Therefore, we propose a model (Figure 8) that, rather than being at odds with previous literature, emphasises the simultaneous role of post-encoding dopamine in memory selection by enhancing forgetting for weak engrams, possibly via its effects on slow wave sleep.
Figure 8. Model of dopamine modulation of memory. Some routine information forms a stronger (yellow) memory engram than other routine information (green), for example due to re-exposure or salience. While capacity for overall consolidation remains the same, an increase in dopamine availability causes destabilisation and preferential forgetting of weak engrams. Dopamine modulates this memory selection by enhancing synchronisation in cortical firing patterns during spindles, at the peak of slow-waves. Together these two processes (enhanced forgetting and cortical synchronisation) bias subsequent memory.
We showed that higher L-DOPA dose was associated with increased forgetting for weak engrams. However, we found no effect of dose on L-DOPA’s effects on slow wave sleep duration. L-DOPA dose effects are particularly important to explore given that previous studies (Morcom et al., 2010; Chowdhury et al., 2012) have shown disparate effects of exogenous dopamine on memory depending on dose. We did not replicate this finding here, possibly due to our weight-adjusted dose window being too narrow, as all participants were of similar body weight. This might also explain why the magnitude of increase in slow wave sleep duration was not associated with dose, although L-DOPA compared to placebo increased duration of this sleep stage.
Dopamine’s effects on cognitive function have been stipulated to follow an inverse U-shaped curve (Cools and D’Esposito, 2011), where both too much and too little dopamine activity can impair cognition. Indeed, in similar paradigms to ours dopamine-like medication has been associated with changes in enhanced memory persistence in healthy elderly (Grogan et al., 2015) in a dose-dependent fashion (Chowdhury et al., 2012), supporting the inverted U-shape hypothesis. Yet, others have found no impact of a dopamine agonist on verbal memory persistence (Feld et al., 2014), or a dopamine d2-like receptor blocker (Asfestani et al., 2020) on overnight reward consolidation in young adults. These differences in findings may be due to different medications or due to age-related reductions in dopamine neurons (Carlsson et al., 1980; Kish et al., 1992; MacDonald et al., 2012) and/or slow-wave sleep duration, spindle counts and amplitudes (Nicolas et al., 2001).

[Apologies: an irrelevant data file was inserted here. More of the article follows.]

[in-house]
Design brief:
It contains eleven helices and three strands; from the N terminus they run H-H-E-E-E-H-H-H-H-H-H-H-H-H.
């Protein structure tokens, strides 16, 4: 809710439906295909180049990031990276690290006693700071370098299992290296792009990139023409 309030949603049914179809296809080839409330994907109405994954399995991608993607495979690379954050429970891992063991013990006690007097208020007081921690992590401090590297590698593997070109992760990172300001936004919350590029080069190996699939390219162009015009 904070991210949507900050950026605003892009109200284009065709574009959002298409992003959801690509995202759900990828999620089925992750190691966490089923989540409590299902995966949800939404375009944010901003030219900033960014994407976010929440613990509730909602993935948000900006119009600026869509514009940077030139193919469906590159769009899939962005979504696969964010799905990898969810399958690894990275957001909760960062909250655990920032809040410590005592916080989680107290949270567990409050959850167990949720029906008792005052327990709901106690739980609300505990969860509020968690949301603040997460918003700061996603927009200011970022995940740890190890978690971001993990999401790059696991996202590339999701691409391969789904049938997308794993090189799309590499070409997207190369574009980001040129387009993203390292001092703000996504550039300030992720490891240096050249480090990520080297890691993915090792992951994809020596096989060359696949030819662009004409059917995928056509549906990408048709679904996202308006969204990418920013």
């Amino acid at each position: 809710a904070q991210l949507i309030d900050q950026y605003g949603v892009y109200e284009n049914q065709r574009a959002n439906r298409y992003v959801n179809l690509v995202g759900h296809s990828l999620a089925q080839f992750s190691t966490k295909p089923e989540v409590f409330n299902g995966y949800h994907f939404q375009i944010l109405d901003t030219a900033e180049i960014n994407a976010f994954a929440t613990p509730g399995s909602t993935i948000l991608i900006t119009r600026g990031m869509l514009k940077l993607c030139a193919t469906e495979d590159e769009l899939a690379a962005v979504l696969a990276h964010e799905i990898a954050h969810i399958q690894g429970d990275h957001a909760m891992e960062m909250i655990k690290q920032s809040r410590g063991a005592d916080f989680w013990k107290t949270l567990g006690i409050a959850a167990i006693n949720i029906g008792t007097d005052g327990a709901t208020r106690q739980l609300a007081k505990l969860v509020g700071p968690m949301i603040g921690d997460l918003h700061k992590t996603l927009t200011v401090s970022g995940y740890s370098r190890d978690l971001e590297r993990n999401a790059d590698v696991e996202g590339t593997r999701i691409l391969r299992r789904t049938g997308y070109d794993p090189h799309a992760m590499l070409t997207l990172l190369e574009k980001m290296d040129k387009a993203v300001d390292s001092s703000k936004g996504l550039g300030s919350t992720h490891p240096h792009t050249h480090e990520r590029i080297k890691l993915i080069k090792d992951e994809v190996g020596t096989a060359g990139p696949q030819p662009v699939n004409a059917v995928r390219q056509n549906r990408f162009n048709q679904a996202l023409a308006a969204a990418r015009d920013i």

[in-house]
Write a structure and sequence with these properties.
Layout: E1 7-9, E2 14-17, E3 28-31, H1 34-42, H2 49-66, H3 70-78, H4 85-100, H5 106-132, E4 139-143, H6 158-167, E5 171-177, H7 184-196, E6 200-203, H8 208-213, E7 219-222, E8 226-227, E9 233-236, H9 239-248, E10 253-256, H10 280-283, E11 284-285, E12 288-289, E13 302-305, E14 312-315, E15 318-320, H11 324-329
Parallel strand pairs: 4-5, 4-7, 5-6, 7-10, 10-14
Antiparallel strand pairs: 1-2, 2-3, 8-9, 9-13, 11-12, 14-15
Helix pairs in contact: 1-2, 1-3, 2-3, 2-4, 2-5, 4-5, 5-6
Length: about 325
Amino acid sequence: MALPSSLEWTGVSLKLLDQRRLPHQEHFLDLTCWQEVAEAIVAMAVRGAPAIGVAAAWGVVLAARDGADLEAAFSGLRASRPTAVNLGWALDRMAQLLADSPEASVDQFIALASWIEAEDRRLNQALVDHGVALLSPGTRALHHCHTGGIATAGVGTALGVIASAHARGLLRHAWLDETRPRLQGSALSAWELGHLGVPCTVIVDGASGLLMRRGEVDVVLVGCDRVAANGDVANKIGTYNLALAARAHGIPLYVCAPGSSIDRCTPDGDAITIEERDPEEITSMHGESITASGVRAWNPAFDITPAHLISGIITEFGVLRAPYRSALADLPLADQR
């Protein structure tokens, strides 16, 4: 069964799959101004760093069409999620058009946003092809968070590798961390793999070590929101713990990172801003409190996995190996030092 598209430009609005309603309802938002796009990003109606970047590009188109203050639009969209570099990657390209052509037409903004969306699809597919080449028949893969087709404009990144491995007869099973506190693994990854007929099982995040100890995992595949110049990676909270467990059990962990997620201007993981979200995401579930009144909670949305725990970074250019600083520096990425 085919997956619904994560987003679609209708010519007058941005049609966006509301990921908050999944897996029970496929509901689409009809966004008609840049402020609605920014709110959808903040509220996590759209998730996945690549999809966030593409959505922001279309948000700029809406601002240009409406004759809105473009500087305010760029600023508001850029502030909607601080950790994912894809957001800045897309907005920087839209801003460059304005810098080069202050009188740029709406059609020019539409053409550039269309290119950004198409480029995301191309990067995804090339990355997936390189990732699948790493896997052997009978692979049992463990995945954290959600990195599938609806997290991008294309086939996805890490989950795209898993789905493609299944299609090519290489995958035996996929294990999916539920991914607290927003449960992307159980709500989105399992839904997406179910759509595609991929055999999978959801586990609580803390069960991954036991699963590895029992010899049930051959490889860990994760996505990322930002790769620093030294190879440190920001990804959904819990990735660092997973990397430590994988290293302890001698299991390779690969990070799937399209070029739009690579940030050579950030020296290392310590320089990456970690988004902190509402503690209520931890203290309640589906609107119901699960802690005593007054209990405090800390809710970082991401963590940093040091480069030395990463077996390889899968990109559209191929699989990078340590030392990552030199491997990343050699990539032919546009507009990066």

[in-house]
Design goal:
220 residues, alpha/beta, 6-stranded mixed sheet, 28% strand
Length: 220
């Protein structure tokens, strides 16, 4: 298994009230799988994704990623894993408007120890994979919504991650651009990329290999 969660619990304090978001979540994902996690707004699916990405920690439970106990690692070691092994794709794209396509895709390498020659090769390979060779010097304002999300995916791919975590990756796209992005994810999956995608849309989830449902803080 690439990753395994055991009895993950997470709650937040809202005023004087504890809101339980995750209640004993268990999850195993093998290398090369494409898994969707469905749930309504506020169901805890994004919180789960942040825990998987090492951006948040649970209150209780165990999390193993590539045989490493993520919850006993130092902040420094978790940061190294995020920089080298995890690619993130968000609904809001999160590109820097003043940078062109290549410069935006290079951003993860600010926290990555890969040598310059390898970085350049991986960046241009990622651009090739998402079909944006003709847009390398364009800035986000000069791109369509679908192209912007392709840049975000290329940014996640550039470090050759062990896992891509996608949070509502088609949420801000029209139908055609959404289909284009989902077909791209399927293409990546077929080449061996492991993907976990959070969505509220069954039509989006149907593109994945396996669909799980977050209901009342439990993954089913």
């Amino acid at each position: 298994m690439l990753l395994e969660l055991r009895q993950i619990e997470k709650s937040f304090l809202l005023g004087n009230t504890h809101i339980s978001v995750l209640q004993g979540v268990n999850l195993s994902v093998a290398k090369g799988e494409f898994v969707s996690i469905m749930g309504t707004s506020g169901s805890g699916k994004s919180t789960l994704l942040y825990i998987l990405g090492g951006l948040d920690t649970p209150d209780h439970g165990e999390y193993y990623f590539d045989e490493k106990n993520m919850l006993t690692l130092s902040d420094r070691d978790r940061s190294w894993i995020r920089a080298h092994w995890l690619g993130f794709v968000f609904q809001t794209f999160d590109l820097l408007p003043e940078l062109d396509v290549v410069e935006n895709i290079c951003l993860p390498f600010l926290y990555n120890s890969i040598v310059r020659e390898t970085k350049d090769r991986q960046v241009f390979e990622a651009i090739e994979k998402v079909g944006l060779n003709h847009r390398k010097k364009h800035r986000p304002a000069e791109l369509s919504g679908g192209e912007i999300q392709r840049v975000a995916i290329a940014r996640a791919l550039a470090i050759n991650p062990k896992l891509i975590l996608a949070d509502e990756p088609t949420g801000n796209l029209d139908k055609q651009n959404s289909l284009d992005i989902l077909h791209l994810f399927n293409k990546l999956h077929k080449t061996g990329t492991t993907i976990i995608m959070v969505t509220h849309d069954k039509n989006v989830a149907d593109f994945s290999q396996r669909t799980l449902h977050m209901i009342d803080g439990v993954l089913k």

In line with our results, previous studies have shown that selective neurotoxicity to dopamine neurons causes a dose-dependent decrease in non-REM sleep in mice (Gerashchenko et al., 2006; Revishchin et al., 2016). However, in humans dopamine antagonism has been shown to increase non-REM duration (Eder et al., 2003). Whilst at face value this appears to be at odds with our finding that L-DOPA increases slow wave sleep duration in elderly, others have shown that dopamine may have a biphasic, dose-dependent effect on sleep. Specifically, lower doses may increase non-REM sleep and low frequency band power density, with most pronounced increase in SO activity, while higher doses are associated with the opposite effect (Monti et al., 1988; Kropf and Kuschinsky, 1991; Sebban et al., 1999). Therefore, our finding that L-DOPA increases slow wave sleep duration should be carefully interpreted to only apply to our current dosing regimen.
Overall, we show that L-DOPA plays an important role in memory selection, mediated by increased slow-wave sleep duration and spindle amplitude. We propose that this L-DOPA-induced increase in spindle amplitude reflects more synchronous cortical activity during spindles increasing forgetting of weakly encoded items and with a net effect of augmenting the difference between strongly and weakly encoded engrams. These findings have potential clinical impact for development of strategies for modulating sleep to prevent neurodegeneration and enhance cognition in later life.
Data availability statement
The original contributions presented in this study are included in the article/Supplementary material, further inquiries can be directed to the corresponding authors.
The studies involving human participants were reviewed and approved by South-West 3 Research Ethics Committee. The patients/participants provided their written informed consent to participate in this study.